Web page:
Challenging year ahead for transaction banking industry
Although the implementation of the Single Euro Payments Area (Sepa) presents the biggest and most pressing challenge to the European transaction banking industry at the outset of 2014, there are reasons for banks and their corporate clients to be optimistic about the year ahead.
Rajesh Mehta, head of treasury and trade solutions for Europe, the Middle East and Africa at Citi, says that the banking industry appears to be at a turning point in the post-crisis era and that there is a focus on positioning for growth. He says: “While the industry pressures of continued regulatory scrutiny, generationally low interest rates and increased competition will continue to pose challenges in 2014, there is also a positive feeling about the year ahead, with growing signs of recovery in Europe, continued stabilization in the US and Japan and continued momentum in emerging markets.
|Rajesh Mehta, EMEA head of treasury
and trade solutions at Citi
“Against that background, banks that have reacted to market disruptions by fundamentally transforming their business and operating models, capital structure and risk management approach will be best able to respond to new opportunities in transaction banking.”
Mehta says that as clients continue to have multi-faceted challenges in terms of regulation, economic change, liquidity and operational and supply chain management, the focus for transaction banks is “to proactively support clients with advice and partnership, the best possible solutions and service”.
In this regard, he adds, technology will continue to drive the industry and is the cornerstone of many of these priorities.
For Sue Dean, head of transaction banking EMEA at JPMorgan, the changing regulatory environment will be one of the most powerful drivers to the industry this year, and one regulatory development in particular.
“The biggest challenge we are looking at in 2014 is Sepa,” she says. “Foremost now is guiding our clients through to the Sepa end date and getting them ready with the new formats and moving from legacy to Sepa transactions. But it’s not just about preparing for Sepa – it’s also about helping clients to maximize the benefits and efficiencies of the Sepa environment.”
With less than a month to go before the migration end date, a question mark remains over whether corporations will be ready on time. Although Sepa direct-debit volumes doubled between October and November last year, they still account for only just over a quarter of total direct-debit transactions in the eurozone. Sepa credit transfer volumes stood at 64% in November. Progress is clearly taking place, but it remains to be seen whether it will be quick enough.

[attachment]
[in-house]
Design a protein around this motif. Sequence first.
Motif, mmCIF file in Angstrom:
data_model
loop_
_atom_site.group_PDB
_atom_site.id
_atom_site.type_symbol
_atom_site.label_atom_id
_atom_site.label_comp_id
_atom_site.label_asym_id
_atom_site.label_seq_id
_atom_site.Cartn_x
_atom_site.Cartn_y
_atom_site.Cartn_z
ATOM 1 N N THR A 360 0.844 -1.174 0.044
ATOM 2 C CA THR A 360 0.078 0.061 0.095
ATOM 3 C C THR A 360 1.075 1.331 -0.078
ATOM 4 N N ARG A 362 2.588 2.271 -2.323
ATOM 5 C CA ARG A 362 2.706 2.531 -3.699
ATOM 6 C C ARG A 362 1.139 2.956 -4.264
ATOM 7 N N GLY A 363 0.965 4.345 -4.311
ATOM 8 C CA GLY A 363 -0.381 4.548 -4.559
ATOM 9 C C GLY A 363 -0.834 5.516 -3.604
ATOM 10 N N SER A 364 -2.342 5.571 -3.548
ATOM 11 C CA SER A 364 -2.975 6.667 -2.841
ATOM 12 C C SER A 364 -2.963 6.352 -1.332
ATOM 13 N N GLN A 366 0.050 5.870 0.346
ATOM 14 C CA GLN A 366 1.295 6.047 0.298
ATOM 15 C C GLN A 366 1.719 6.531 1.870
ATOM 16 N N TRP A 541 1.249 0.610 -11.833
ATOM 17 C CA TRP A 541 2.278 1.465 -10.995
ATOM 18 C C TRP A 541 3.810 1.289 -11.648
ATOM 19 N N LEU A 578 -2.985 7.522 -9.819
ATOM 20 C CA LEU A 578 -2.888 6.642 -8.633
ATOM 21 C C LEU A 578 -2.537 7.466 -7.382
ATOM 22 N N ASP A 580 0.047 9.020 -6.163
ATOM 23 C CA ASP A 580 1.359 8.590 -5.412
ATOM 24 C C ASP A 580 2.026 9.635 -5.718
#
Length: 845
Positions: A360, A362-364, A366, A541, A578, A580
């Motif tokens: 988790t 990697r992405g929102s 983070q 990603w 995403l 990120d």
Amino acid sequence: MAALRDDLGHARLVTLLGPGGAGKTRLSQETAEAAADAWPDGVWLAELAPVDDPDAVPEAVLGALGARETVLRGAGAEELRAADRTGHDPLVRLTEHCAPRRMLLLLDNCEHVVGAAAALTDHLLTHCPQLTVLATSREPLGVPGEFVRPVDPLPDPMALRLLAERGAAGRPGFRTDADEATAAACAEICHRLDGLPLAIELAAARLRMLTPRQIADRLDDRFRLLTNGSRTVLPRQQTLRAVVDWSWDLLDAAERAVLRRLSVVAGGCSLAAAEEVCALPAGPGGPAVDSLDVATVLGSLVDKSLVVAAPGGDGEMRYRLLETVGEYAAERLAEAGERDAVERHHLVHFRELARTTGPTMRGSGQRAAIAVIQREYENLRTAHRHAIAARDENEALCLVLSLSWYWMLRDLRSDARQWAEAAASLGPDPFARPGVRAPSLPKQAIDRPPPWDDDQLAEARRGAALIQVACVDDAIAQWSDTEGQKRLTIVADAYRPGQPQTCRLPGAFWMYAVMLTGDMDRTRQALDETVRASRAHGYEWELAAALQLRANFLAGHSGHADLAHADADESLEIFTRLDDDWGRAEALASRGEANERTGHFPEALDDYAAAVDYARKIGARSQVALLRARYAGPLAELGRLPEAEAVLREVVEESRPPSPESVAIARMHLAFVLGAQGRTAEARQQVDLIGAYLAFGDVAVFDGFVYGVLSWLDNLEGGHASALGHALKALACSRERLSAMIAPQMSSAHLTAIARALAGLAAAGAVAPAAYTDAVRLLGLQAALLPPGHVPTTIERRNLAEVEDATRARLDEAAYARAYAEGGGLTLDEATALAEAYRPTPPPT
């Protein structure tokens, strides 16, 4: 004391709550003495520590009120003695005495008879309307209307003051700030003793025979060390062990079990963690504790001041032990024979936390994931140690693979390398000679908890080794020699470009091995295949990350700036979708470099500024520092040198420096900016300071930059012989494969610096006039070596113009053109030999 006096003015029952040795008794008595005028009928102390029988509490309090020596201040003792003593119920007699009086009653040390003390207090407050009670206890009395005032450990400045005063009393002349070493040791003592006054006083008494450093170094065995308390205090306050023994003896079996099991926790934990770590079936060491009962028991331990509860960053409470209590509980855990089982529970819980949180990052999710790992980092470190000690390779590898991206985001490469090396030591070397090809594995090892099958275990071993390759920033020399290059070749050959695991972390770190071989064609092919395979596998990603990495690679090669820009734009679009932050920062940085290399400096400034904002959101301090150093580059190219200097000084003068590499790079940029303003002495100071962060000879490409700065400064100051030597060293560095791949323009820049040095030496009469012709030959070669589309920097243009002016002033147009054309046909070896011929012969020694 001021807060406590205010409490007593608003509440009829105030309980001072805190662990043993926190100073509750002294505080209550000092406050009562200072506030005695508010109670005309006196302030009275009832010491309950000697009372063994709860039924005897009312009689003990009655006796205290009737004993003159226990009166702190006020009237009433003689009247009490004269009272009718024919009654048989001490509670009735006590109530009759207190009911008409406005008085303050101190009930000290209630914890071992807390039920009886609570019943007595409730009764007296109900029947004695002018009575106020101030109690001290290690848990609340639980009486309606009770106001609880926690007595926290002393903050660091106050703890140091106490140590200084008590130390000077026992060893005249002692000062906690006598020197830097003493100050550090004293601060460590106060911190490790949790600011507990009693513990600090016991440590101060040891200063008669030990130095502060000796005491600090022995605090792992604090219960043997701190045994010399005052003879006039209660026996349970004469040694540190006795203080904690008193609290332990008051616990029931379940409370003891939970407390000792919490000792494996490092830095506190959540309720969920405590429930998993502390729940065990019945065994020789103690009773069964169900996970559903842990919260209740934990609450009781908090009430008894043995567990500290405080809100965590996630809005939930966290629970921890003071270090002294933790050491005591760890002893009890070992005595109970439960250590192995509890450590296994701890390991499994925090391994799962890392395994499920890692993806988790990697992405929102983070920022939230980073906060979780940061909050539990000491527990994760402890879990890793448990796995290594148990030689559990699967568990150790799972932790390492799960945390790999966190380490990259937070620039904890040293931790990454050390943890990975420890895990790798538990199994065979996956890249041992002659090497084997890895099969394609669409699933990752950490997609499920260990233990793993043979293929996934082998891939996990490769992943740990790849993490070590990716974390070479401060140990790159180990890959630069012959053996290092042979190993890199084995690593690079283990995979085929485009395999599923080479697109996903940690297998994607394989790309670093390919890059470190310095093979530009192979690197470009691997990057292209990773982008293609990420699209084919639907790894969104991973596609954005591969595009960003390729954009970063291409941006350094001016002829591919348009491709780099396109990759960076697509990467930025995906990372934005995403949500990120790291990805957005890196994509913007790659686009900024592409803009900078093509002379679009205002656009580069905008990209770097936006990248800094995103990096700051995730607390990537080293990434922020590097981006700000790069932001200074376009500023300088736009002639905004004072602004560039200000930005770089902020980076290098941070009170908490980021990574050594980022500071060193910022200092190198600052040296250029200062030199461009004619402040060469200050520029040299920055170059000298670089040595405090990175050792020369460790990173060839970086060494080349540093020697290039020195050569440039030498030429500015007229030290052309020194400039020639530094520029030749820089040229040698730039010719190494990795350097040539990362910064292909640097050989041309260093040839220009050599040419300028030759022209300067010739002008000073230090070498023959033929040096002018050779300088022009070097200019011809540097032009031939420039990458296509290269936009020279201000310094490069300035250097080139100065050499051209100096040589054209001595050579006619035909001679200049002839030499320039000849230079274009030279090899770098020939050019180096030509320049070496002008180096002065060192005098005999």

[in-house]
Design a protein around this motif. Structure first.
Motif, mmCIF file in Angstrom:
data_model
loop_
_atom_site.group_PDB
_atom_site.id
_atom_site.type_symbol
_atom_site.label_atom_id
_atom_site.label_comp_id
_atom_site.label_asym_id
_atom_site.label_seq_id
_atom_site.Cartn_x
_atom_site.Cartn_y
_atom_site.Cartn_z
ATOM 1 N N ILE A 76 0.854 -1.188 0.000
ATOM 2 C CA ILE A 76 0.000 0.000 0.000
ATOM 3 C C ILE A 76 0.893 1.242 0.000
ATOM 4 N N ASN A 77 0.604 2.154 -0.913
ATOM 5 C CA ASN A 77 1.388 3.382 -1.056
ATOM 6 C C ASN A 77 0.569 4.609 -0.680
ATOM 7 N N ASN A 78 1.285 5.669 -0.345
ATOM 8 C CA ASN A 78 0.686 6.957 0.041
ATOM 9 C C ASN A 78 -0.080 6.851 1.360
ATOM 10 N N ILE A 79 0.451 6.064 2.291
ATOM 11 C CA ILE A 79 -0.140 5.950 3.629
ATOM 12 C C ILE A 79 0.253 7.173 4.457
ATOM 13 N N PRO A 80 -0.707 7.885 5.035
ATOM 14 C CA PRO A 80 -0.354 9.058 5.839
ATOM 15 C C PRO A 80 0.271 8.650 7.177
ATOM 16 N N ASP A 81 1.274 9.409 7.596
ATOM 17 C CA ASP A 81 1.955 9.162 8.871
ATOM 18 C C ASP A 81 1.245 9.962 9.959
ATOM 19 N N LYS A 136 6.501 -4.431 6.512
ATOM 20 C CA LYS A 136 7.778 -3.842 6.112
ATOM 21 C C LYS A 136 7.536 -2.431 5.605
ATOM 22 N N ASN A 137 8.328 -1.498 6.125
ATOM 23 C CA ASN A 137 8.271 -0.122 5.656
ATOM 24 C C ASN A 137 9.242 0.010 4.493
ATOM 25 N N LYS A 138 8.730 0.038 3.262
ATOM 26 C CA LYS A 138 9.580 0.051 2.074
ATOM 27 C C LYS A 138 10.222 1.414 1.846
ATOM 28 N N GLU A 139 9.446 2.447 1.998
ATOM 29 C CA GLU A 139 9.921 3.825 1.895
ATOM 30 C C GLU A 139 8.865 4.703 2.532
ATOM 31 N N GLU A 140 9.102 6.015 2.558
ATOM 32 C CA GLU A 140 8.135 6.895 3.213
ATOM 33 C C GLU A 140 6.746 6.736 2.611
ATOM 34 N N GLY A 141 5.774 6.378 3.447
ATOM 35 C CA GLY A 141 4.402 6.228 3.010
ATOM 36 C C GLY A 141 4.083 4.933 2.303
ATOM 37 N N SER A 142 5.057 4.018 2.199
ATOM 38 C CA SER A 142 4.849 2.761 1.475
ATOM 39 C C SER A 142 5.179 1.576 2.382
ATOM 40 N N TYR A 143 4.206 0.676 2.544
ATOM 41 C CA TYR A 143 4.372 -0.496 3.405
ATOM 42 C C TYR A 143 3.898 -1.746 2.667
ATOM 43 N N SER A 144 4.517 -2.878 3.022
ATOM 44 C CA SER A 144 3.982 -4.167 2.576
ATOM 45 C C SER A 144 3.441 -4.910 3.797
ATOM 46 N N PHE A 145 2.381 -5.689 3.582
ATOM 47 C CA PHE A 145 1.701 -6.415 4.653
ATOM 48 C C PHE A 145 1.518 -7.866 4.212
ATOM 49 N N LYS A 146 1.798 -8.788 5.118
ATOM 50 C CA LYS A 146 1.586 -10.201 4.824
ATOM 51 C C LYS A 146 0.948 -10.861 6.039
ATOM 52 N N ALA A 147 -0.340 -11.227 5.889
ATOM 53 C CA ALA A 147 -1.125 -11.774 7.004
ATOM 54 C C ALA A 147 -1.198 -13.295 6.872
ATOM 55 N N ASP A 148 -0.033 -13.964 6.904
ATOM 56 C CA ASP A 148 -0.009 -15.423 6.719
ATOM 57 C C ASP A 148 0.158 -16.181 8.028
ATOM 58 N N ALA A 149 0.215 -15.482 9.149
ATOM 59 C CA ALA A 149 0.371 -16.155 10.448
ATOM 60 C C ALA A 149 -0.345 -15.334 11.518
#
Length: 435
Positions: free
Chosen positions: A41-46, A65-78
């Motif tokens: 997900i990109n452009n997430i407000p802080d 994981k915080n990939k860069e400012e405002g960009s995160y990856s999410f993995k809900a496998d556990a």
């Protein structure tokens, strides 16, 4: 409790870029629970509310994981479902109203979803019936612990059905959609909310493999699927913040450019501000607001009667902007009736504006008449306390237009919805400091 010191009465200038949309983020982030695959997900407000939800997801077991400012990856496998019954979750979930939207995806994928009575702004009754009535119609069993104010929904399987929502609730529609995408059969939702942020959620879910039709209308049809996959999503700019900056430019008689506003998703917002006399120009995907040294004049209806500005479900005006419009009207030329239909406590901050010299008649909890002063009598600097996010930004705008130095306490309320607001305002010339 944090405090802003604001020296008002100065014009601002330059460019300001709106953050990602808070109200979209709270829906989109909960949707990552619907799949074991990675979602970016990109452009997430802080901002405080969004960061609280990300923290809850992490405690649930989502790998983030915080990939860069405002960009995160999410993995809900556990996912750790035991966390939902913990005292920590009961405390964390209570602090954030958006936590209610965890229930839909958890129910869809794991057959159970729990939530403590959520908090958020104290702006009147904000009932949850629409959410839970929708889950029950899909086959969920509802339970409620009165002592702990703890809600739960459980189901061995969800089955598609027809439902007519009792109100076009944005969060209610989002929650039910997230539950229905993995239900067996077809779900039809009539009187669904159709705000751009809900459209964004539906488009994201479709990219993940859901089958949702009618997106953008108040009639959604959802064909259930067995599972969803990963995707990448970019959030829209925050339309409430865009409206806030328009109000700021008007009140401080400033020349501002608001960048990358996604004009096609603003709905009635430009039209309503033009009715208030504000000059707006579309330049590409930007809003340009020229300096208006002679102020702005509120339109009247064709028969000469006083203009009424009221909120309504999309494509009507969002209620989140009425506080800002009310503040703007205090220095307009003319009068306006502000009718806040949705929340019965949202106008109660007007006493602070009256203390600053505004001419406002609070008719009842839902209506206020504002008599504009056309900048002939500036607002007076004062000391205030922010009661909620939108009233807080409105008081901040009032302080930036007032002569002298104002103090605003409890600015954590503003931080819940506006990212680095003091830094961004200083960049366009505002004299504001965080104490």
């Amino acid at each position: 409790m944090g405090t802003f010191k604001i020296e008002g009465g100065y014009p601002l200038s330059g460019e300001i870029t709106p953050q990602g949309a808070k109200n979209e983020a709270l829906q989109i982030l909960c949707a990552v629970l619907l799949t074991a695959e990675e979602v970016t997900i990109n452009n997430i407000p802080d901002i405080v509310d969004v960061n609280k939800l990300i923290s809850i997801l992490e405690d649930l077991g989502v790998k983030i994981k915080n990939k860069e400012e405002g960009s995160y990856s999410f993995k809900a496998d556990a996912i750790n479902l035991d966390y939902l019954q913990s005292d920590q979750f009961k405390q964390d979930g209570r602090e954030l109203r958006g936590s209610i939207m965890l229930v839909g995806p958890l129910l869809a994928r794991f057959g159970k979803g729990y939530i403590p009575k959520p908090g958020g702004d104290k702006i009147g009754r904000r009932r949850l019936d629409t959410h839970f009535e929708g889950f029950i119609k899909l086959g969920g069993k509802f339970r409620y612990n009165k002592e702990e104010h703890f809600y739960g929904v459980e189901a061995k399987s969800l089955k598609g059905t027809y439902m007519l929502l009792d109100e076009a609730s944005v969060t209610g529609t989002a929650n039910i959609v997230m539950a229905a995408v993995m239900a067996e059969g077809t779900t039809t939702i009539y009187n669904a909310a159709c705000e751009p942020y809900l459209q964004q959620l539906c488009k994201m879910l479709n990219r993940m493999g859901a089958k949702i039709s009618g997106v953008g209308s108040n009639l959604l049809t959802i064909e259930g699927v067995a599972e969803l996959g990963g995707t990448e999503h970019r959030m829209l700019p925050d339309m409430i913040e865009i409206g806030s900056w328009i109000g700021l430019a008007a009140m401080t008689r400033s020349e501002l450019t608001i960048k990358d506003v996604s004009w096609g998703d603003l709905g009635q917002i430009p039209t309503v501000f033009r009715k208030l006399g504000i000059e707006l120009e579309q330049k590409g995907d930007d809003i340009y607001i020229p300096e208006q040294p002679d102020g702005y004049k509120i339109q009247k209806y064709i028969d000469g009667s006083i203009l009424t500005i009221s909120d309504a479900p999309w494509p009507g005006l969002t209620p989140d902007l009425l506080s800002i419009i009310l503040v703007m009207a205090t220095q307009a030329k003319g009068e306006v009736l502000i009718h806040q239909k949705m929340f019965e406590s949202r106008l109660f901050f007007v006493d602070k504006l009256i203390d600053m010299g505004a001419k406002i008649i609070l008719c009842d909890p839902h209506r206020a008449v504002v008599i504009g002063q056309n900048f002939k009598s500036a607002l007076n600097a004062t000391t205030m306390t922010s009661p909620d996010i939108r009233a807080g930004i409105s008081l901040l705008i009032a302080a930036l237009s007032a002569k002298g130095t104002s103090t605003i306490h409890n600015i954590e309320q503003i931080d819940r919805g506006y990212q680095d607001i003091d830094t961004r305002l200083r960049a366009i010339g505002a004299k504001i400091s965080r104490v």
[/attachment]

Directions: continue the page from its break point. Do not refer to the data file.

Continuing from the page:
Although Dean says that the majority of clients are on track to meet the Sepa end date, the bank is also prepared with Plan B for any clients that might find themselves struggling in February. “Plan B is about helping clients to repair their transactions as well as talking to them about alternative ways that they can send instructions – for example, by using wires,” says Dean. “In addition, some markets are still accepting the legacy formats, so there could be an opportunity to continue to use a legacy format for a small period of time in some cases.”
Aside from Sepa, Dean is expecting to see a continued focus on efficiency and liquidity. The changing regulatory environment is also a key theme, with European Market Infrastructure Regulation (Emir) and Foreign Account Tax Compliance Act (Fatca) likely to attract particular attention.
“While these regulations are focused on banks, they are likely to have an impact on our clients as well,” says Dean. “We want to help them navigate some of the upcoming regulations, and assess the potential knock-on impact. We have other types of product that could possibly help them to manage through these regulations.”
| Jennifer Boussuge, head of global
transaction services, EMEA,
at Bank of America Merrill Lynch
Jennifer Boussuge, head of global transaction services, EMEA, at Bank of America Merrill Lynch, points out that many global regulatory and industry initiatives emerged during 2013, focusing on topics such as improving payments security and transparency, strengthening fraud prevention and stimulating innovation.
“These will continue to significantly impact many banking activities through 2014 – some formalizing existing ways of working, others leading to structural changes in the way the banking sector works and the industry’s impact on the economy,” she says.
According to Boussuge, the combination of “regulatory pressures and the need to ‘act local and think global’ will continue to fuel collaboration between global banks and local players – an important trend that is irrevocably changing the face of transaction banking.”
Another area of focus highlighted by Boussuge is that of relationships between banks and their corporate customers.
She says that in recent years some corporate treasurers have chosen their banks solely on price, effectively treating the bank as another vendor of products and services.
“Others have taken a more holistic and forward-looking view – working with their banks to ensure the relationship is mutually beneficial,” she says. “As we begin a new year, it is important for both parties to understand where the value lies in the relationship and to develop trust over time.”
Boussuge predicts that, in the coming months, companies that openly discuss their business strategy with their banks, and that are transparent in terms of how business will be allocated, will ultimately get the best value from their banks.
“Your bank should bring to you the best services they can, tailored to your needs, and do this through their network and partners,” she says. “They should wrap around this ownership and accountability for ongoing services and support – both of which are the real measure of a quality provider.”